History of the C major scale also known as (Do-Re-Mi)

“Do-Re-Mi” is used in this project because its the most fundamental set of notes that dates back to 550 BC where it was first created by the Pythagorans
Around the year 550 B.C., the Pythagorans offered mathematical equations for the musical scales, showing that musical notes could be seen as relationships between numbers. A musical scale, for example, could be divided into eight notes, an “octave” scale, which repeats its sequence as the musical notes proceeded higher or lower. To use a basic example, this could be the C-Major scale on the piano, consisting of just the white keys: C-D-E-F-G-A-B-C. This is also the basic “do-re-mi-fa-so-la-ti-do”.
Around 350 B.C., Aristotle wrote to maintain that the harmony of colors were like the harmony of sounds. This set the stage for a later equating of specific light and sound frequencies, as Aristotle’s works were translated and incorporated into European sciences.
Aristotle, in his On Sense and the Sensible (350 B.C.), also established a correspondence between flavors and colors, as follows (see also Riccò 1999: 29; Jewanski 1999: 84):
At about this same time, Archytas of Tarentus (c. 428 – 350 B.C.) introduced the “chromatic” scale to Greece. This was seen as a compliment to the two main scales: the diatonic (a whole-note or full-tone scale); and the enharmonic (quarter-tones).
In the latter half of the eleventh century, Rudolph of St Trond “sought to introduce a notational system which represented the modes (tropoi) of plainsong – which he mistakenly identified with the ancient Greek modes – by colours; thus the Dorian was to be written in red, the Phrygian in green, the Lydian in yellow and the Mixolydian in purple. This system, which was designed simply for clarity, found little echo even in the manuscripts of Rudolph’s own work” (Gage 1993: 228).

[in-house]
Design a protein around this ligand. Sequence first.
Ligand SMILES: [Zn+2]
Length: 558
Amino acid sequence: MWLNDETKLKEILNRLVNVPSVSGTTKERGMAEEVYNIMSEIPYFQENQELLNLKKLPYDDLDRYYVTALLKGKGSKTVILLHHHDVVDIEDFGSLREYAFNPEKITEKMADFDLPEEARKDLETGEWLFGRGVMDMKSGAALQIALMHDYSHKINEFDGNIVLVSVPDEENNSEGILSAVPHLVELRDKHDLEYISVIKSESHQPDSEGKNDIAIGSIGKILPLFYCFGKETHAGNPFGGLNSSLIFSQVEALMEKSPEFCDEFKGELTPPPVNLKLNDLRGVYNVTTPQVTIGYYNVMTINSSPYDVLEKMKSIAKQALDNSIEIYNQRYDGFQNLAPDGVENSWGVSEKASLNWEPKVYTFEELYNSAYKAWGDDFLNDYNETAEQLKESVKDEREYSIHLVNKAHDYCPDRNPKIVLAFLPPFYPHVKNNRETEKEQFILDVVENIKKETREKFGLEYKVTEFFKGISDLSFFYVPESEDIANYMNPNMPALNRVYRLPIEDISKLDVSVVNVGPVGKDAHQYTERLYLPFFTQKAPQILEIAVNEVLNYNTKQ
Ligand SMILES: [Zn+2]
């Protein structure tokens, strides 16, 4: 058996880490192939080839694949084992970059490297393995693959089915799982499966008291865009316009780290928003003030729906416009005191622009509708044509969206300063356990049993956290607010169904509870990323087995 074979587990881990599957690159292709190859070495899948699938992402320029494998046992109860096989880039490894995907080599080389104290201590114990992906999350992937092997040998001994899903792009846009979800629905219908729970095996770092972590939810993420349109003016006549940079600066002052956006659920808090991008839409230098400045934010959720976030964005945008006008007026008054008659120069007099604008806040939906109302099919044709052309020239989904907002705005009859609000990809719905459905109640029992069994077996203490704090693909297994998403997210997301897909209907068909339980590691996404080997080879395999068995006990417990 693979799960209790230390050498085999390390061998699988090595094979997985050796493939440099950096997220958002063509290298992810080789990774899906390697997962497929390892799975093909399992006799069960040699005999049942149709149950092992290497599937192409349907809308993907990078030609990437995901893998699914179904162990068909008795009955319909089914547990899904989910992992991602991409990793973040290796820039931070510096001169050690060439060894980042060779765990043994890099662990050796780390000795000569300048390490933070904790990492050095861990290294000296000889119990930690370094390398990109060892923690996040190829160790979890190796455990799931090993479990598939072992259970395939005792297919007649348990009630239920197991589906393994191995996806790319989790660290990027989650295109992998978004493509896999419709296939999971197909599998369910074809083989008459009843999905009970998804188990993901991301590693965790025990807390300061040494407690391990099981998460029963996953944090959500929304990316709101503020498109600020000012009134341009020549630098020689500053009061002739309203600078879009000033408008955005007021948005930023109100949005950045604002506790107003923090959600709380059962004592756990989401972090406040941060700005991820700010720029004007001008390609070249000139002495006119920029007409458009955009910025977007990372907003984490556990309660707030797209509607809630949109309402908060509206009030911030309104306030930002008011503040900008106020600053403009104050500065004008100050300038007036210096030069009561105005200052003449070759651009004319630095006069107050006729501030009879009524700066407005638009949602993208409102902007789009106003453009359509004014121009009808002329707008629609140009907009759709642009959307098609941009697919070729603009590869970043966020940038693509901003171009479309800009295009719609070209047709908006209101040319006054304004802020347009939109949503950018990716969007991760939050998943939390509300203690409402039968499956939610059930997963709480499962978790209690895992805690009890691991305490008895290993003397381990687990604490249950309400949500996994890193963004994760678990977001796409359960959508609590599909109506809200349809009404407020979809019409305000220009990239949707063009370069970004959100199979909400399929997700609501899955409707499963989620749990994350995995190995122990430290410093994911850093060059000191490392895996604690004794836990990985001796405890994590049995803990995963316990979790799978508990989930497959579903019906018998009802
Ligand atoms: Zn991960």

In 1704, Sir Isaac Newton’s treatise Optics was first published, which dealt, among other things, with the parallel between colors of the spectrum and notes of the musical scale. Newton mathematically but quite arbitrarily divided the visible light spectrum into seven colors. He then noted that the mathematical relationships of these seven colors was similar to those of the musical scale, with the following concordances: 
The French Jesuit monk Louis Bertrand Castel, the well-known mathematician and physicist, was a firm advocate of there being direct solid relationships between the seven colors and the seven units of the scale, as per Newton’s Optics. Around 1742, Castel proposed the construction of a clavecin oculaire, a light-organ, as a new musical instrument which would simultaneously produce both sound and the “correct” associated color for each note. 

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